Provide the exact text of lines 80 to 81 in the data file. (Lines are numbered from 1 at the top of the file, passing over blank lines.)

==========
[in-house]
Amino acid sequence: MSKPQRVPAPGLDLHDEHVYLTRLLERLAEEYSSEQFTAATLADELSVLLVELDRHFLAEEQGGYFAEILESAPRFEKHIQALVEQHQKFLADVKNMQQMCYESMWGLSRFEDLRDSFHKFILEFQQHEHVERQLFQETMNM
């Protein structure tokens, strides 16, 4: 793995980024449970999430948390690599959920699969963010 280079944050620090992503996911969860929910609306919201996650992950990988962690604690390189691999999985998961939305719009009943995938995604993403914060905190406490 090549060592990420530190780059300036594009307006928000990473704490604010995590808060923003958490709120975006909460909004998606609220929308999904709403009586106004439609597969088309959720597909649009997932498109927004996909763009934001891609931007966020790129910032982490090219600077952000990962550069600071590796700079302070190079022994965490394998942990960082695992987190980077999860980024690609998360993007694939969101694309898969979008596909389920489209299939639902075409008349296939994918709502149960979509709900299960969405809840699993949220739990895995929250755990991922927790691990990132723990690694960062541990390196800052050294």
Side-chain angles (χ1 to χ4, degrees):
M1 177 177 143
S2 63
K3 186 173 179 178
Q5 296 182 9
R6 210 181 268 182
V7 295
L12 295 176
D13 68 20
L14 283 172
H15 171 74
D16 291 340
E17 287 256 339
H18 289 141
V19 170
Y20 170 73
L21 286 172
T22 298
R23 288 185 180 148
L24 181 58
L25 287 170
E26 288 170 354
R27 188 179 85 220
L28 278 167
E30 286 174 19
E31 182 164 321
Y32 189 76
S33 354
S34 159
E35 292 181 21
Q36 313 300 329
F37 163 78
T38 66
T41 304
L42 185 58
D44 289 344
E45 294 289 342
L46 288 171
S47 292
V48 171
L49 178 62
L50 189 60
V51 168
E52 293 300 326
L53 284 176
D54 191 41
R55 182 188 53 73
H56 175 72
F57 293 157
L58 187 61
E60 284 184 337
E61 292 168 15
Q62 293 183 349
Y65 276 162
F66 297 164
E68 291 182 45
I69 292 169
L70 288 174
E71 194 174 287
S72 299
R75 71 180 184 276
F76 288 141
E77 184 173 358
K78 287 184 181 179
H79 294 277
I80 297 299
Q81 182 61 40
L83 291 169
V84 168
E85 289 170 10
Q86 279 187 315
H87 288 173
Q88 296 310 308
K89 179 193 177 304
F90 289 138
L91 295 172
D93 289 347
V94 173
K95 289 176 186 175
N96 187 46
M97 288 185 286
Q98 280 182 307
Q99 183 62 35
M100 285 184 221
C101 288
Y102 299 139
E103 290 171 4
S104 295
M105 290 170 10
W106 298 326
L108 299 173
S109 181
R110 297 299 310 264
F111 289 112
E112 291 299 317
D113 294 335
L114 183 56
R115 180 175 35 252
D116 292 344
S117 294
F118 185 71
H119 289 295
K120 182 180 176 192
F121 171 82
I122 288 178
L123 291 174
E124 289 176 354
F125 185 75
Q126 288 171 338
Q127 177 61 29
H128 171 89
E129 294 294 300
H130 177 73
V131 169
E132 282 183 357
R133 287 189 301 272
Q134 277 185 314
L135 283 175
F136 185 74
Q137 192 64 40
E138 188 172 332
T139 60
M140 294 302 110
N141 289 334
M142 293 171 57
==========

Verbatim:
D93 289 347
V94 173